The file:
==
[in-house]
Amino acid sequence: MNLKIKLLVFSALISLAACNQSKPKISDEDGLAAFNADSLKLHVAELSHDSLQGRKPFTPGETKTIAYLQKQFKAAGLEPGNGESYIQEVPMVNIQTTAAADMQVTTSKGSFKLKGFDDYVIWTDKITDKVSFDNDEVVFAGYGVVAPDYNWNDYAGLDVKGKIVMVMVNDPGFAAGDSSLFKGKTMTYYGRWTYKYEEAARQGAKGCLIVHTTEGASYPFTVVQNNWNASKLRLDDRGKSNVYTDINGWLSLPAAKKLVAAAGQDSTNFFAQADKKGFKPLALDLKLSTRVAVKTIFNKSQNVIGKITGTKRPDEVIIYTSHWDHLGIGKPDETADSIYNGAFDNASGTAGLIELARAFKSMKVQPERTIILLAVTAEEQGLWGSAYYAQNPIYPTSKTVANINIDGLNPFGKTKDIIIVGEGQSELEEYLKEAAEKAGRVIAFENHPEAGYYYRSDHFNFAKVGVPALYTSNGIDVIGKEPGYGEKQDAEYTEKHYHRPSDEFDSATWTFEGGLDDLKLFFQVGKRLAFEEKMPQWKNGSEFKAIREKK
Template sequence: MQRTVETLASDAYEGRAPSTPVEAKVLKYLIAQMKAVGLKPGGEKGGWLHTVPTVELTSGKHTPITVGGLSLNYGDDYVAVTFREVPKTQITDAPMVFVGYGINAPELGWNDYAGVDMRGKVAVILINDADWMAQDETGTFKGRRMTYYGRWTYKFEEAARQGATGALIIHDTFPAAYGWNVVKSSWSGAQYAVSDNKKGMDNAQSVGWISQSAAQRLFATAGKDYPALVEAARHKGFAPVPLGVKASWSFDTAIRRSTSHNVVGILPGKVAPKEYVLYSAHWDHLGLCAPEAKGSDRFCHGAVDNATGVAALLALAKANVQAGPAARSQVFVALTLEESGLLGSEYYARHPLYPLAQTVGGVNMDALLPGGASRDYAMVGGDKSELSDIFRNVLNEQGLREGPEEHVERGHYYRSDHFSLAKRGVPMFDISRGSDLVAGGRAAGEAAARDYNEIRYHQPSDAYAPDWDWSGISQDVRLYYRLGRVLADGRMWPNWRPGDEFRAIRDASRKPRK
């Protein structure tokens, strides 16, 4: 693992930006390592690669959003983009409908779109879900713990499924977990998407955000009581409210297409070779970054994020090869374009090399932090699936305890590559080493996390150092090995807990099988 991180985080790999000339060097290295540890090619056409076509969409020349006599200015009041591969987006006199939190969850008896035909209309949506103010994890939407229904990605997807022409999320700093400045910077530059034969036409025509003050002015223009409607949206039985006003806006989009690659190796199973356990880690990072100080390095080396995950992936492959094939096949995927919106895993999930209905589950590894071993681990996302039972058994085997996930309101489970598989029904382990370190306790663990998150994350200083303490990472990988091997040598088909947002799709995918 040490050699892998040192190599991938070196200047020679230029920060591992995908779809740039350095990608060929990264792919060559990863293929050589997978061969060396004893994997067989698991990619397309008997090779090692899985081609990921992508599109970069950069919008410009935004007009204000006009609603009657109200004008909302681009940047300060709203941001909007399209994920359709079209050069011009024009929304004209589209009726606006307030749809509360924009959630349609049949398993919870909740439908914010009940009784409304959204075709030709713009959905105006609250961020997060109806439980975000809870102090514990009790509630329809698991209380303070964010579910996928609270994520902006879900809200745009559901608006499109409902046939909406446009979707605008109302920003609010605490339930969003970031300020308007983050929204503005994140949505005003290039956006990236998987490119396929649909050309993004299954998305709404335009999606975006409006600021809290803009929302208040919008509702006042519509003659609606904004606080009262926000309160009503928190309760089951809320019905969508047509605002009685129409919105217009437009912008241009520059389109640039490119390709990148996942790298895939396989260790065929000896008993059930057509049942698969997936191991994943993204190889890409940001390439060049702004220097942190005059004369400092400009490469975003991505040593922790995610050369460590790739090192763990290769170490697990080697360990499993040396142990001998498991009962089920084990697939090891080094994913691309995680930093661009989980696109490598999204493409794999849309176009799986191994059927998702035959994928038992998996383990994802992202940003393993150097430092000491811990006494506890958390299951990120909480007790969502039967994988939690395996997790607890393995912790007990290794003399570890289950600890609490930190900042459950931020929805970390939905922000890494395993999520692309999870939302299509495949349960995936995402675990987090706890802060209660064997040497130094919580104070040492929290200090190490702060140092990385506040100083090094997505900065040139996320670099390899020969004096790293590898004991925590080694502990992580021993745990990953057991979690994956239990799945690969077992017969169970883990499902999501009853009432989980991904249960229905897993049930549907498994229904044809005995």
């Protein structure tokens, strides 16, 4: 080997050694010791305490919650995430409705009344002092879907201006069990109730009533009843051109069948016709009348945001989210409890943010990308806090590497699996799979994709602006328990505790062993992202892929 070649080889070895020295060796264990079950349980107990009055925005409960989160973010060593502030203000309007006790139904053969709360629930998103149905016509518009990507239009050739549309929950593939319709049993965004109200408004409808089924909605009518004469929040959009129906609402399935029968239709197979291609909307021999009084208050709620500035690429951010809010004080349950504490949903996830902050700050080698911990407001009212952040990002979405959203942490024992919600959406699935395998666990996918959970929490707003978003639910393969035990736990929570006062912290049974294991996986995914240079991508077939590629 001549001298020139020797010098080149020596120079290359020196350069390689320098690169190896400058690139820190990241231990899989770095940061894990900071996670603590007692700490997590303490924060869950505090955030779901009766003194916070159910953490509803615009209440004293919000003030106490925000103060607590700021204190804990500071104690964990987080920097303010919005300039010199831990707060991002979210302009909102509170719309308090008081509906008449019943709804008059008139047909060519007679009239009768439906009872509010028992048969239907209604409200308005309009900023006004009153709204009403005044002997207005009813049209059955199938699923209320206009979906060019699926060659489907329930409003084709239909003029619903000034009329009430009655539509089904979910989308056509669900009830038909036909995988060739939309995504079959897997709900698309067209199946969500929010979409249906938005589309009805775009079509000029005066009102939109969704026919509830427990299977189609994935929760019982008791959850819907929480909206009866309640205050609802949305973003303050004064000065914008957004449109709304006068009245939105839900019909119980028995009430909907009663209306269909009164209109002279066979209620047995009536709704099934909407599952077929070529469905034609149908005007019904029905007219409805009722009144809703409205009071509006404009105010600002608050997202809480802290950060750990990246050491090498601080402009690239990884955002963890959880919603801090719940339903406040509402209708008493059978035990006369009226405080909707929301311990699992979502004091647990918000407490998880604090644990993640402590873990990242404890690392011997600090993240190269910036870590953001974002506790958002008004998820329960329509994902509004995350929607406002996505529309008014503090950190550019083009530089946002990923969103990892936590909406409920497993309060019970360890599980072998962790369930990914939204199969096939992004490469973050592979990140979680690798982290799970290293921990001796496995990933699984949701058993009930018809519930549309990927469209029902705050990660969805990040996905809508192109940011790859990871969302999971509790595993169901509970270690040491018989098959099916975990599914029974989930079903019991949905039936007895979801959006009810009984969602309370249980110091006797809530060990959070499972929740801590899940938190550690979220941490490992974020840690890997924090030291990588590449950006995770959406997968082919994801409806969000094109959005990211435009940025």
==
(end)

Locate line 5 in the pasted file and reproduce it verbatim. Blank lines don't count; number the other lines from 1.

């Protein structure tokens, strides 16, 4: 080997050694010791305490919650995430409705009344002092879907201006069990109730009533009843051109069948016709009348945001989210409890943010990308806090590497699996799979994709602006328990505790062993992202892929 070649080889070895020295060796264990079950349980107990009055925005409960989160973010060593502030203000309007006790139904053969709360629930998103149905016509518009990507239009050739549309929950593939319709049993965004109200408004409808089924909605009518004469929040959009129906609402399935029968239709197979291609909307021999009084208050709620500035690429951010809010004080349950504490949903996830902050700050080698911990407001009212952040990002979405959203942490024992919600959406699935395998666990996918959970929490707003978003639910393969035990736990929570006062912290049974294991996986995914240079991508077939590629 001549001298020139020797010098080149020596120079290359020196350069390689320098690169190896400058690139820190990241231990899989770095940061894990900071996670603590007692700490997590303490924060869950505090955030779901009766003194916070159910953490509803615009209440004293919000003030106490925000103060607590700021204190804990500071104690964990987080920097303010919005300039010199831990707060991002979210302009909102509170719309308090008081509906008449019943709804008059008139047909060519007679009239009768439906009872509010028992048969239907209604409200308005309009900023006004009153709204009403005044002997207005009813049209059955199938699923209320206009979906060019699926060659489907329930409003084709239909003029619903000034009329009430009655539509089904979910989308056509669900009830038909036909995988060739939309995504079959897997709900698309067209199946969500929010979409249906938005589309009805775009079509000029005066009102939109969704026919509830427990299977189609994935929760019982008791959850819907929480909206009866309640205050609802949305973003303050004064000065914008957004449109709304006068009245939105839900019909119980028995009430909907009663209306269909009164209109002279066979209620047995009536709704099934909407599952077929070529469905034609149908005007019904029905007219409805009722009144809703409205009071509006404009105010600002608050997202809480802290950060750990990246050491090498601080402009690239990884955002963890959880919603801090719940339903406040509402209708008493059978035990006369009226405080909707929301311990699992979502004091647990918000407490998880604090644990993640402590873990990242404890690392011997600090993240190269910036870590953001974002506790958002008004998820329960329509994902509004995350929607406002996505529309008014503090950190550019083009530089946002990923969103990892936590909406409920497993309060019970360890599980072998962790369930990914939204199969096939992004490469973050592979990140979680690798982290799970290293921990001796496995990933699984949701058993009930018809519930549309990927469209029902705050990660969805990040996905809508192109940011790859990871969302999971509790595993169901509970270690040491018989098959099916975990599914029974989930079903019991949905039936007895979801959006009810009984969602309370249980110091006797809530060990959070499972929740801590899940938190550690979220941490490992974020840690890997924090030291990588590449950006995770959406997968082919994801409806969000094109959005990211435009940025």